One of my favorite sayings from “The Game” character Tasha Mack is, “Emotional walls, girl…emotional walls!” It means that she’s in a situation where she needs to detach herself so she can do something without bias/say something smart/shank somebody/something. It probably (and by probably I mean “not at all” because she’s not a real person) came from a lifetime of having to sustain herself and her child in the hood and beyond. It was a learned behavior.

Over the past few weeks, I’ve had some time to reflect on myself and my own behaviors. Even a few months ago in this post, I wondered what I am giving off to attract the “type” of guys who become attracted to me. Now, for the first time in a looooooooooong time, I have started thinking about my past relationship. The one that ended over a year ago. Not about him (in the least), but about it. I’m trying to figure out my learned behaviors.

One thing I’ve observed from watching Sex and the City is that Carrie always took her cues from her relationship with Big. I’m pretty sure that her other relationships did not work because she was either acting like she was still with Big or behaving in the manner that would cause behavior she craved from Big. She kept things light. (He would withdraw if she went too deep.) She made insinuations until absolutely necessary. (He used directness as a way to highlight reluctance to commit, and she never wanted his mind to go there…and he knew it.) Laughing and banter is what cultivated their intimacy. (He would have been turned off by emotional outpours.) She learned the game and played it until she couldn’t. (I would normally reference a specific show here, but choose an episode with Big in it, and then pick an example. Don’t worry…the words will still be here when you get back ;). )

Anyone who has known me for at least 8 years knows about three different versions of who I am, and I’m willing to bet that they are all some variation of timid, subdued, and bold. Some people (who shall remain nameless) have referred to me as a nutcracker within the past year or so (how rude, lol). It wasn’t like this before. Oh, I’ve always been opinionated. Maybe a little less direct than I am now,  but I’ve never been afraid to express that opinion, but in relationships? I walked the line that was drawn. Tried to be ever-accommodating. I was vulnerable (not a bad thing necessarily) and though I was never overly emotional, I was not afraid to express my feelings.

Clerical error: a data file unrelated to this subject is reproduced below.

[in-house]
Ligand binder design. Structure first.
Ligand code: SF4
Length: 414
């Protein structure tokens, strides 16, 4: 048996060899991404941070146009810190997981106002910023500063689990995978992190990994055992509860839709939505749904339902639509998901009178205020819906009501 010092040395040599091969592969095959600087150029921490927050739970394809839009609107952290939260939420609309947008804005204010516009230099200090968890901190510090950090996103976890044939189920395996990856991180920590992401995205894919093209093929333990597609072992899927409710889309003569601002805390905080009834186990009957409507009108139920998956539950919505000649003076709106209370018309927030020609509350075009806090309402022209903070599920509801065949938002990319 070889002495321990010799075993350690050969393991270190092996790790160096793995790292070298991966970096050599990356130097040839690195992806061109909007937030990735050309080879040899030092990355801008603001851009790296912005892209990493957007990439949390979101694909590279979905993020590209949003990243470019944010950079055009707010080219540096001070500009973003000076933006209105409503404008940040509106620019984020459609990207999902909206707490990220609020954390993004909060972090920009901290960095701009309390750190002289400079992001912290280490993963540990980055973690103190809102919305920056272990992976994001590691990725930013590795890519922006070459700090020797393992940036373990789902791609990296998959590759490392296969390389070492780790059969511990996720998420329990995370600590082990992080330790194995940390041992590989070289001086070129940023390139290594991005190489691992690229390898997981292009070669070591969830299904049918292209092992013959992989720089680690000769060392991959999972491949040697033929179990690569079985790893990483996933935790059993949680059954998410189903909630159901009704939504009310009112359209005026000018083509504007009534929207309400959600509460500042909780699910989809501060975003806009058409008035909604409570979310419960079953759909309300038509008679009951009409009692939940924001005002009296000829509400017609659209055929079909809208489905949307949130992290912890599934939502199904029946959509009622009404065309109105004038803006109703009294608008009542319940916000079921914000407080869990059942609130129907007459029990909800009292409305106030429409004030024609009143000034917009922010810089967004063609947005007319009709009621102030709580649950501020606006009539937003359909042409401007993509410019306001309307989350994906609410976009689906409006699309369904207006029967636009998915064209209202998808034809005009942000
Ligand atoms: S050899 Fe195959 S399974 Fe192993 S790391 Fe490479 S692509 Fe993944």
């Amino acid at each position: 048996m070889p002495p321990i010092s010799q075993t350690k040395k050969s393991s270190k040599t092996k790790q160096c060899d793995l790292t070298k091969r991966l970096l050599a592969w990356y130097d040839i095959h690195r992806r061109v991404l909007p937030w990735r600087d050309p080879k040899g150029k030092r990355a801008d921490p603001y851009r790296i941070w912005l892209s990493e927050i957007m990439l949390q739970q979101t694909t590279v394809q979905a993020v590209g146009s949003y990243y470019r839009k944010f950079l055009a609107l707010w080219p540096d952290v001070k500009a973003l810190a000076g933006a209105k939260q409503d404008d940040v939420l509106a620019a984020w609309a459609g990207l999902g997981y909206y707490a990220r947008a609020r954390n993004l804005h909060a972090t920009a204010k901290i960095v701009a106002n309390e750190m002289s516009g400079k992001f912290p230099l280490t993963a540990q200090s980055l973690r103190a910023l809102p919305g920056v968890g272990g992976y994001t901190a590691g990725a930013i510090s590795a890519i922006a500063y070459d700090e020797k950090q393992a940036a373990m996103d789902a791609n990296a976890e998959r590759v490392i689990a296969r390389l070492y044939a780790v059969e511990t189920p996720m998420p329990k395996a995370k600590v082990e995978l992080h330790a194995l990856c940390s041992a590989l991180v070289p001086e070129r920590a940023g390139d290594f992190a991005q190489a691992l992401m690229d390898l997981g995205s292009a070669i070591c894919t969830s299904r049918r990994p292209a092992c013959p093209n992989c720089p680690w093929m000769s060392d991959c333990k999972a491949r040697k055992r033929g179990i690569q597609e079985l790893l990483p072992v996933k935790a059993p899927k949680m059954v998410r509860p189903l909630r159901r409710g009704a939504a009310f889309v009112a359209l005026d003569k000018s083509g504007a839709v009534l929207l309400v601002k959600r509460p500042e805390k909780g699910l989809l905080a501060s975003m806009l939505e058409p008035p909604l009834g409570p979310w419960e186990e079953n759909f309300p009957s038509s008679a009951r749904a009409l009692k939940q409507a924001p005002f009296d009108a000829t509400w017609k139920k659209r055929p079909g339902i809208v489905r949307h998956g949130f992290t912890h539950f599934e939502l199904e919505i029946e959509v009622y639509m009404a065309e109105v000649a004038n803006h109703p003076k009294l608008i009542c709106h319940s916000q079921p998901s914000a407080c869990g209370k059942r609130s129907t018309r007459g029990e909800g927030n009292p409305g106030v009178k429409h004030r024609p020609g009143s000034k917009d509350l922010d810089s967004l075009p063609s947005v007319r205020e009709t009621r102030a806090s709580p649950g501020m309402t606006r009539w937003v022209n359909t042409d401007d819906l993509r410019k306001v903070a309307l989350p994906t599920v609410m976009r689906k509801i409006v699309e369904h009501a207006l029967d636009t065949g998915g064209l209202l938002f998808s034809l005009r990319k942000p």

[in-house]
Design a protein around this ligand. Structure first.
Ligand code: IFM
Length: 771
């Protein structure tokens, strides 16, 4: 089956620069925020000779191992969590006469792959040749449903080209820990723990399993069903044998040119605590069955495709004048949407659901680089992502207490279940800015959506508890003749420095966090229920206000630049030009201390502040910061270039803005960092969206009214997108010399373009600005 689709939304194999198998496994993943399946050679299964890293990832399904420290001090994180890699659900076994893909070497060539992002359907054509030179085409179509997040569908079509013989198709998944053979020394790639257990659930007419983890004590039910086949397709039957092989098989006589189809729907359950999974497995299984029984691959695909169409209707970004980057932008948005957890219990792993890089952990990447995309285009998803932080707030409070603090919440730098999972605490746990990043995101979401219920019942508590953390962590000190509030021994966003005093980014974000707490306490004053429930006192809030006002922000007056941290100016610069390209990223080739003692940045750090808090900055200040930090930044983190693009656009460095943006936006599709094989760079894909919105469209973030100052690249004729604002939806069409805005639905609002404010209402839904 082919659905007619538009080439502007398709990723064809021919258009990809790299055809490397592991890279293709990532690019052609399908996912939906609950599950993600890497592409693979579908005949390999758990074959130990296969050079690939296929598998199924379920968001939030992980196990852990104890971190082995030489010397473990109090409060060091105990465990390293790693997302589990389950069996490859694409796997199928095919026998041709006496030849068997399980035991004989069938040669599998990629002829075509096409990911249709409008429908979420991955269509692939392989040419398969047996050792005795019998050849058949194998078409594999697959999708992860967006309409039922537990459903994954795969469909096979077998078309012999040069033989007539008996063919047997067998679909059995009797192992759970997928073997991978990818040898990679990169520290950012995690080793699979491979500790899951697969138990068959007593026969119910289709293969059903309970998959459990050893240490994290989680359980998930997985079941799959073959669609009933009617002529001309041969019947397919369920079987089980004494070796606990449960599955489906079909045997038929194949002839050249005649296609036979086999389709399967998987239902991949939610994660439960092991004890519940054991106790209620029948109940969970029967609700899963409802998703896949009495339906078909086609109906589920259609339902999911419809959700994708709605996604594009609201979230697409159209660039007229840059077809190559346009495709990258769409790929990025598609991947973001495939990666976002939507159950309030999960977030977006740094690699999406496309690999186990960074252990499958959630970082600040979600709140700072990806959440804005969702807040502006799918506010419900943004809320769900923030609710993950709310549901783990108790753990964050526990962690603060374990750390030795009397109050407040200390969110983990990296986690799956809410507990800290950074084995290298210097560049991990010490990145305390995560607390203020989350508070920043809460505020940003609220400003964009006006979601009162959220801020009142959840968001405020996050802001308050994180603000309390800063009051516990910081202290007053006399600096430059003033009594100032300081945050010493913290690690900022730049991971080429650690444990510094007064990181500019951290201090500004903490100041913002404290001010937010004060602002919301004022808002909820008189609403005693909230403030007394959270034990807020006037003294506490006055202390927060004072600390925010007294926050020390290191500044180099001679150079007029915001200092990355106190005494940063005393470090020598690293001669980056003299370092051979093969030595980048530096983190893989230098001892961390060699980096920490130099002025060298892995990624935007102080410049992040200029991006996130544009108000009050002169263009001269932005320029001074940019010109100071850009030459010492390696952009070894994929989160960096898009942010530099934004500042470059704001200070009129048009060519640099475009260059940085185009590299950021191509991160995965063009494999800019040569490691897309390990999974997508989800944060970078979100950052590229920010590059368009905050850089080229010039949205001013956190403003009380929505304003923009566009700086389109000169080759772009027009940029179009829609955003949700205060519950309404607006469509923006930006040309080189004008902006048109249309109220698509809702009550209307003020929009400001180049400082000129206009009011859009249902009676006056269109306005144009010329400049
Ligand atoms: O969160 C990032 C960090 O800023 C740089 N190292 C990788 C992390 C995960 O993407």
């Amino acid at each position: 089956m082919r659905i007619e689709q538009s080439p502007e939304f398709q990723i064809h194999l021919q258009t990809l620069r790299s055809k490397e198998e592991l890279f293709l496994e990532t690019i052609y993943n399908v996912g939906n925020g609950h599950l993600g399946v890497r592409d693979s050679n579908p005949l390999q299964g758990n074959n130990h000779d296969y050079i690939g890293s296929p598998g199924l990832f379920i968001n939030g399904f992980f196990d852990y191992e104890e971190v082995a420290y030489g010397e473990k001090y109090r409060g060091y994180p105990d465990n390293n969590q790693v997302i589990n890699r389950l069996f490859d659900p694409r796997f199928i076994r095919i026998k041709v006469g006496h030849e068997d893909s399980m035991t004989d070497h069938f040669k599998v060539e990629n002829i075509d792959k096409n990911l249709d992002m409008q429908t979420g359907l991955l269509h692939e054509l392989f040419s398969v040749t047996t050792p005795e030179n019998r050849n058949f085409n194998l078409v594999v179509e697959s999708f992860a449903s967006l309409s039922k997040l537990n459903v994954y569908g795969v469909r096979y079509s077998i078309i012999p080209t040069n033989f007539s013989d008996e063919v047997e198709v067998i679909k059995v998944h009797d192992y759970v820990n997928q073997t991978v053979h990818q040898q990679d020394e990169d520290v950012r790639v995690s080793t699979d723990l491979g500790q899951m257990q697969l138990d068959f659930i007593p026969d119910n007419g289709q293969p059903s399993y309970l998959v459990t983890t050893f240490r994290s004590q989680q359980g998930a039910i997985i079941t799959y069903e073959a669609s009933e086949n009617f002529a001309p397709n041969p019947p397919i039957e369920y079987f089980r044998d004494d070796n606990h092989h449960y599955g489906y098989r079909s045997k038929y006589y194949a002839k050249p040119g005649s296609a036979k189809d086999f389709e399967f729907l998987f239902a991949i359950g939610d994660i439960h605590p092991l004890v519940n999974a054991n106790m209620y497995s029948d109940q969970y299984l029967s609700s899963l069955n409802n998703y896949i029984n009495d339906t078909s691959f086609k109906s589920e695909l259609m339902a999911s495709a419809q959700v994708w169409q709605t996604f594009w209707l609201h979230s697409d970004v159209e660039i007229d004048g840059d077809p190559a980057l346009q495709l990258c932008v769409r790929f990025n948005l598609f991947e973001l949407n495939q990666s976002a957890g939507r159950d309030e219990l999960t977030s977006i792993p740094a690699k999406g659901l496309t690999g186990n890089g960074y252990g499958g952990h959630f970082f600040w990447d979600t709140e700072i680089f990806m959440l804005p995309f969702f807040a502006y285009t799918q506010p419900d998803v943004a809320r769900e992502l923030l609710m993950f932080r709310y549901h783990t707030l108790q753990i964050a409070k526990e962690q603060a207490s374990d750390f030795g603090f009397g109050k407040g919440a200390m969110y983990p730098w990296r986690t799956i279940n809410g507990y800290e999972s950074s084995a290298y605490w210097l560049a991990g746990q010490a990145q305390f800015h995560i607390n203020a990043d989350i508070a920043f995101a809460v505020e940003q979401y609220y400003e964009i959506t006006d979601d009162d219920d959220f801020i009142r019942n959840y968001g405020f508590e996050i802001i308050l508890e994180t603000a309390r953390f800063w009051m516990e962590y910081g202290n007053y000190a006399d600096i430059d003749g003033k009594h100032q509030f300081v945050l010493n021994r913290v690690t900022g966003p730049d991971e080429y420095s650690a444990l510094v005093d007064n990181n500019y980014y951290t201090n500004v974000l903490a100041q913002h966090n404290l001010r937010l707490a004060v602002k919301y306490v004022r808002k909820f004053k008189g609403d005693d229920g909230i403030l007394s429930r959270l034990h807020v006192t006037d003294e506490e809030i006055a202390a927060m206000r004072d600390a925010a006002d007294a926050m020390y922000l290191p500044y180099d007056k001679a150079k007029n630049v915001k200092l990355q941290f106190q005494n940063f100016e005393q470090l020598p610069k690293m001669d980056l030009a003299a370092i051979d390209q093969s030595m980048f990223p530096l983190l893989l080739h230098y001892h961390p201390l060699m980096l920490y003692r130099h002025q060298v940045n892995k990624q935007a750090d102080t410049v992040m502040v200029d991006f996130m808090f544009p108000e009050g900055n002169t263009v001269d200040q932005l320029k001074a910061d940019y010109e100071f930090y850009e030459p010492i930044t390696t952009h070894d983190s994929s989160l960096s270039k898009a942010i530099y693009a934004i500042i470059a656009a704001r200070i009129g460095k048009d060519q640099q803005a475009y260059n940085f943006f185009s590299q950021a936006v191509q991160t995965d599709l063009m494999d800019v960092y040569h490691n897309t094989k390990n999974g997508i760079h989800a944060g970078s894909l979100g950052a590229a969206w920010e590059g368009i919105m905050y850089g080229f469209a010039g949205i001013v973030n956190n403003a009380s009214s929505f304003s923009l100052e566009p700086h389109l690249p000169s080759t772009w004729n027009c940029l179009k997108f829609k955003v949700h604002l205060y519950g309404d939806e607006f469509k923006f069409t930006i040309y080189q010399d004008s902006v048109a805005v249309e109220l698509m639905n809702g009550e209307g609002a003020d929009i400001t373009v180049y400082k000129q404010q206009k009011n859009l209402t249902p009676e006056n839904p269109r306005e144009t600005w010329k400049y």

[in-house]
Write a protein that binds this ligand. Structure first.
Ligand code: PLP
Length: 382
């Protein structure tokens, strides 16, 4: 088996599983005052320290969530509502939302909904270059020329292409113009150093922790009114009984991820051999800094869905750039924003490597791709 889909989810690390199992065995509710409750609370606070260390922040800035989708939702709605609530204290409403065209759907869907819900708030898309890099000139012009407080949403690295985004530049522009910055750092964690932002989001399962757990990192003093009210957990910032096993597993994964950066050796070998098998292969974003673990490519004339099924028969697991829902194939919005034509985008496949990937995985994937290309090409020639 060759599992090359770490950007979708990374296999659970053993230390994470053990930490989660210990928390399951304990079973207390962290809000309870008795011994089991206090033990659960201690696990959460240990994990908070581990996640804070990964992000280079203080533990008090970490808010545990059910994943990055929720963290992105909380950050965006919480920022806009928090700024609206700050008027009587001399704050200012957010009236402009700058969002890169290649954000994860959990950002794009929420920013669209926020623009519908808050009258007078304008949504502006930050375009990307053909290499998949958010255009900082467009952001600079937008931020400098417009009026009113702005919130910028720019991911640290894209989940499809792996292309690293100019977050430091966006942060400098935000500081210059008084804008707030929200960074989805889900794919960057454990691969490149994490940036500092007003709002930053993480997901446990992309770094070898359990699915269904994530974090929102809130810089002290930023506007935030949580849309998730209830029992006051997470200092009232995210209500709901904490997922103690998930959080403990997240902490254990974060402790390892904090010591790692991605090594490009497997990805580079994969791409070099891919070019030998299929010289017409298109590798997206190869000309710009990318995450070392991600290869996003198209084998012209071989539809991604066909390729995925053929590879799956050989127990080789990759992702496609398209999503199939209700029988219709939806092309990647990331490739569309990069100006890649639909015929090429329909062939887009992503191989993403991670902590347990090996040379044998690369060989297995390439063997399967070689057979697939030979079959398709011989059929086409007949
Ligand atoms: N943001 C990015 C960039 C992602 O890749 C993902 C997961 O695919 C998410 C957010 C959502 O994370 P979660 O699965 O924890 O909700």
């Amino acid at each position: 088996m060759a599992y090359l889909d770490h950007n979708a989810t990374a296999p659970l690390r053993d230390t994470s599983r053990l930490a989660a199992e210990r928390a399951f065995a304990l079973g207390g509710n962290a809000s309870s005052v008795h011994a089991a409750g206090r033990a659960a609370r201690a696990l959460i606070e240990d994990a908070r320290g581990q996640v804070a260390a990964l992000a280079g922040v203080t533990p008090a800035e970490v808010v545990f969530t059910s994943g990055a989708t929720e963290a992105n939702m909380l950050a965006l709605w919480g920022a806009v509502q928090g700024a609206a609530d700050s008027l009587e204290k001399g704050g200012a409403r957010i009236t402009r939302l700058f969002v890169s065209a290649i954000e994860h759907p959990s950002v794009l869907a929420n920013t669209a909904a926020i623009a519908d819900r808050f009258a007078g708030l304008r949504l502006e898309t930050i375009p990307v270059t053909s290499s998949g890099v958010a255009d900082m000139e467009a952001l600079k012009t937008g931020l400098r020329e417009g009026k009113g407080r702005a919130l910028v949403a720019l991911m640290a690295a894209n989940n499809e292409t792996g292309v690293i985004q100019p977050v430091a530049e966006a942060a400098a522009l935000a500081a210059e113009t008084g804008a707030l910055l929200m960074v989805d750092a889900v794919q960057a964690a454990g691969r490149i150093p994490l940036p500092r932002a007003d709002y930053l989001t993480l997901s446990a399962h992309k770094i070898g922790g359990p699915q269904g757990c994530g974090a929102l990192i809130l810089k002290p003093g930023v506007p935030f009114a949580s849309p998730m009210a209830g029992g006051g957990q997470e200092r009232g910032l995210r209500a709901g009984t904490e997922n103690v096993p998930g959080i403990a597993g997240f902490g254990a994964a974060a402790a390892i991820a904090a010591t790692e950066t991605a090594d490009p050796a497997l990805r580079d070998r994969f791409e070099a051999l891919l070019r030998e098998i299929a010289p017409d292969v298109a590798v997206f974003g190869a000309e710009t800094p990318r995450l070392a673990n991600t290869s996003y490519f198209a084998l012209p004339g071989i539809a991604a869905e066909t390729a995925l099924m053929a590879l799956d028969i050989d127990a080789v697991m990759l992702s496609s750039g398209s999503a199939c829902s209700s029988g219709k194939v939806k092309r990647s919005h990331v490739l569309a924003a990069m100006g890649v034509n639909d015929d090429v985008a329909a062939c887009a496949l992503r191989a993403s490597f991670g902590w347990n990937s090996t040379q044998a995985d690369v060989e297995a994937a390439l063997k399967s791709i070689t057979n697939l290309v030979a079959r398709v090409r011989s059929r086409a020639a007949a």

My ex was very scaled back. He wasn’t overly affectionate. We had a highly intellectual relationship…our jokes about arguing over the correct pronunciation of Hungary during the Olympics at 4am, or the little Jamaican girl with the attitude on the Scripp’s Spelling Bee are some of my best memories of us because it was totally us. No one else would do it. Most of the time if we were together, people could only tell we were dating by the proximity of our seating, but they admired the yin and yang thing we had going. We held hands rarely, and usually in cases that dictated it – romantic dinners, walks on a beach, around other people who were holding hands. We danced together on New Year’s Eve at his uncle’s annual party. We sat opposite each other at dinner…never shared a bench like the people we sometimes made fun of (“Don’t they need elbow room?”) What’s funny is, I always wanted more (not a lot more because it would have been too much). He shut down if I “explained” too much and it seemed like it was emotional. He complained if I fell asleep on him while watching movies, because it would make it difficult for him to move around if he needed to do so.

So what did I do? I danced on New Year’s Eve. I sat on the opposite bench. I held hands quickly at traffic lights. I solidified my explanations to bare speaking points, infused with jokes so it never seemed too emotionally driven. I put my feet on him instead of my head. I allowed him to temper my emotional behavior because that relationship was my first “real” one. It cultivated “relationships” for me. In other words, I Carrie-d.

Now, I don’t understand real flirting with actual feelings involved. Oh I can play the game, but not when there’s anything to lose. It’s not in my natural reaction to be overly affectionate, even though I don’t dislike it at all. I shut down when I hear too much emotion in someone’s explanation to find the bare points. And I try as I’m learning. It comes out in spurts like cars with 9 tablespoons of gas. I’ll get very affectionate…and then go sit in my chair where it is impossible to sit next to me. I wonder if anyone else has this story.

I don’t think I want to stay this way, but I don’t want to Carrie either. What’s a girl to do?

Do you have any learned behaviors lingering from the past? Are they helpful? Harmful?

Love,

–V

Advertisements